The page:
Although the difference is just half a percentage point – 4.7% compared with 4.2% – it is an unwelcome grain of salt in Japan’s wounded economy. The recession led to lower spending across all income groups and a double digit decline in housing starts. It was also deep enough to send bankruptcies soaring. The government has since taken action to reduce them. Nonetheless, those companies that survived now face the three-pronged challenge of reducing their corporate debt, which built up strongly in the recession, boosting profitability and generating the returns demanded by their shareholders. Some have already begun to act, under pressure from financial markets, by cutting back on investment more savagely than at any time in the post-war era. Rationalisation has become a buzz word, whether through mergers, plant closures or asset sales. But is it all enough? For the corporate sector to achieve its profit goals and expand returns on assets and equity, more than a standard cyclical recovery will be required. Changes are needed in corporate governance that will help to focus managerial minds on profitability. And labour’s share of national income will have to decrease by a few percentage points too.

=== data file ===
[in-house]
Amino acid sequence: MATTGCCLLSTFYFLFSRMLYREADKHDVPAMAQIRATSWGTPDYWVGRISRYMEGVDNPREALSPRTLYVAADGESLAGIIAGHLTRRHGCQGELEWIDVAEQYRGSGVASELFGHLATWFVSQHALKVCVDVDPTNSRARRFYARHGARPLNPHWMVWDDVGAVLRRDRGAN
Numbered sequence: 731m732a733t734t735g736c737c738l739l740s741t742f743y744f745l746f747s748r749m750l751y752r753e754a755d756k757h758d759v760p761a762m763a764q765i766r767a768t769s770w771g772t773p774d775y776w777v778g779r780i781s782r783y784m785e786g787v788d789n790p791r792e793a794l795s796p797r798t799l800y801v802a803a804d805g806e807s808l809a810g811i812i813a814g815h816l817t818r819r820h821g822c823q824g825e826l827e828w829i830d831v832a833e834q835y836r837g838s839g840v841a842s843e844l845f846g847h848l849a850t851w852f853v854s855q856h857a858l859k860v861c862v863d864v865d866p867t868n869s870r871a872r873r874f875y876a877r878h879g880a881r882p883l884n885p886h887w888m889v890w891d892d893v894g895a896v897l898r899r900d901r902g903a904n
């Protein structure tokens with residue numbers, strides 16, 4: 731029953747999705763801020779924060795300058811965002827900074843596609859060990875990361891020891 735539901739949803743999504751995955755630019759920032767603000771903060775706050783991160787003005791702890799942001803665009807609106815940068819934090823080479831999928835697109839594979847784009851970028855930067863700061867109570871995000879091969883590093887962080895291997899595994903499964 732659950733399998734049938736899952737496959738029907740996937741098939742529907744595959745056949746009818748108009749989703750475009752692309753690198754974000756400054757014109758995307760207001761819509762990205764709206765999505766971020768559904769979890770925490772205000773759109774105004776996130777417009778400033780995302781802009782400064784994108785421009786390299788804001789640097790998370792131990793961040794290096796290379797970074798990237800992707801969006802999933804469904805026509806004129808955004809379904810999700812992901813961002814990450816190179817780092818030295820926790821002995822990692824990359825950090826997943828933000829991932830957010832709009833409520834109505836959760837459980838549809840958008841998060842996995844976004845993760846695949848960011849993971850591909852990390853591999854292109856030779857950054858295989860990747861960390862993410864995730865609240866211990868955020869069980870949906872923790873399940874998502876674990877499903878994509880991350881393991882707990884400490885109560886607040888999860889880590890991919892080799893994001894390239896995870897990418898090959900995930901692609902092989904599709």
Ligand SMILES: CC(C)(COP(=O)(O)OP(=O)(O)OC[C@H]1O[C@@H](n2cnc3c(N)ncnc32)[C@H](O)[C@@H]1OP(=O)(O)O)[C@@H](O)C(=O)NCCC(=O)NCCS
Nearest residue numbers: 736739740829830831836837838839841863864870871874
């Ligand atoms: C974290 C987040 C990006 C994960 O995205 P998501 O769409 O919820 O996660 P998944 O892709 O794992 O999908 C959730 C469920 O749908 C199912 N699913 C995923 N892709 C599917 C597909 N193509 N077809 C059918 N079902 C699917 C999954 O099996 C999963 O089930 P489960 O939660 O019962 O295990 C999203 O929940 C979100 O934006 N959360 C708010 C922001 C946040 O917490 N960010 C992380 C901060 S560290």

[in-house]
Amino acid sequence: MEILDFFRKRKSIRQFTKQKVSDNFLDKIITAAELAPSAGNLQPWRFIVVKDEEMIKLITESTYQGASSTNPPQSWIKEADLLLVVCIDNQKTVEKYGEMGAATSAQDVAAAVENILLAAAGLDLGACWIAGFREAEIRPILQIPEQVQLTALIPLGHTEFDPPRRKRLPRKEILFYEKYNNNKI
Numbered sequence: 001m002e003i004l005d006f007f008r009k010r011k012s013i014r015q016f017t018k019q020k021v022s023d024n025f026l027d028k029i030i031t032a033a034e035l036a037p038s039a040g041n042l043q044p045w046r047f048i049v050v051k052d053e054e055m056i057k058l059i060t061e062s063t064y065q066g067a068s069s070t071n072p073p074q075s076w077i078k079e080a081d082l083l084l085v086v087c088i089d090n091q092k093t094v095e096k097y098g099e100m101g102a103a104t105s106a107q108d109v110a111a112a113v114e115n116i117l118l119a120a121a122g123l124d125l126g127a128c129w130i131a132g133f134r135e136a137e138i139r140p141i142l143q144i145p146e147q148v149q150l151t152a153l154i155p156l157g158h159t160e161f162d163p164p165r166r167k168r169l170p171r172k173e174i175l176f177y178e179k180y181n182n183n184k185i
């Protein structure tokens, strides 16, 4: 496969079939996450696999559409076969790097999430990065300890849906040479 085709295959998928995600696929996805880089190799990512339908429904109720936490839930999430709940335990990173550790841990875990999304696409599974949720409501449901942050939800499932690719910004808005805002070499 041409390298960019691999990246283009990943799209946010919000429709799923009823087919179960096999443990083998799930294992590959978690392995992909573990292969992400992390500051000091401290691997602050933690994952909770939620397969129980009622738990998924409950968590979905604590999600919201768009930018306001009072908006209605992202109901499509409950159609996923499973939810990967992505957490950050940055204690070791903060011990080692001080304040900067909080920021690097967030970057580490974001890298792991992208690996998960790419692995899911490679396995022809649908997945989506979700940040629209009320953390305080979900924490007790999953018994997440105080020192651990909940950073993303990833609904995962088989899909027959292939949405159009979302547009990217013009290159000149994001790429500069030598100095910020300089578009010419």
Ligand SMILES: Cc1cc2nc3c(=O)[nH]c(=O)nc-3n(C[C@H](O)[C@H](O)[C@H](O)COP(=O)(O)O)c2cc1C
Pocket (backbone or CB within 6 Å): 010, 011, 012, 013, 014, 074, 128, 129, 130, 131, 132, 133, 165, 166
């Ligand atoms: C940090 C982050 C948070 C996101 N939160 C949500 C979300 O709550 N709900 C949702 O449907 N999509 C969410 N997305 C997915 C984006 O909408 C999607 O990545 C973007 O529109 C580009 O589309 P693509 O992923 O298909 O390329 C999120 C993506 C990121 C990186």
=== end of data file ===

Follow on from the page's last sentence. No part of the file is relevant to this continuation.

But corporate restructuring is unlikely to rattle the economy, even if it changes it. In fact, most of the corporate restructuring will take place in large firms where less than a fifth of the work-force is employed. If redundancies start to rise, then it may be cold comfort to remember that a similar process of shedding workers by large established firms has been under way in the United States for nearly 20 years, and that shedding neither prevented the economy from expanding rapidly nor unemployment from falling, whatever the early adjustment problems. It is the stuff of Joseph Schumpeter’s idea of creative destruction.

Still, Japan is not accustomed to unemployment and announcements of massive job cuts, such as the one at Nissan in October, will be a bitter psychological pill to have to swallow, even if a recovery is under way. The government will no doubt feel some social pressure to react against those cuts, but it should resist it and hold its course of opening up the economy to inward investment. And if structural reform is maintained to allow a greater market allocation of resources, then Japan’s economic horizon will surely brighten.

Bibliography

Economic Survey of Japan, OECD, 1999.

Andersson, T., Avery, P., "Asia’s Industrial Crisis: what really happened", OECD Observer No 217/218, 1999.

Kawamoto, A., "Unblocking Japanese reform", OECD Observer No. 216, 1999. 

©OECD Observer No 219, December 1999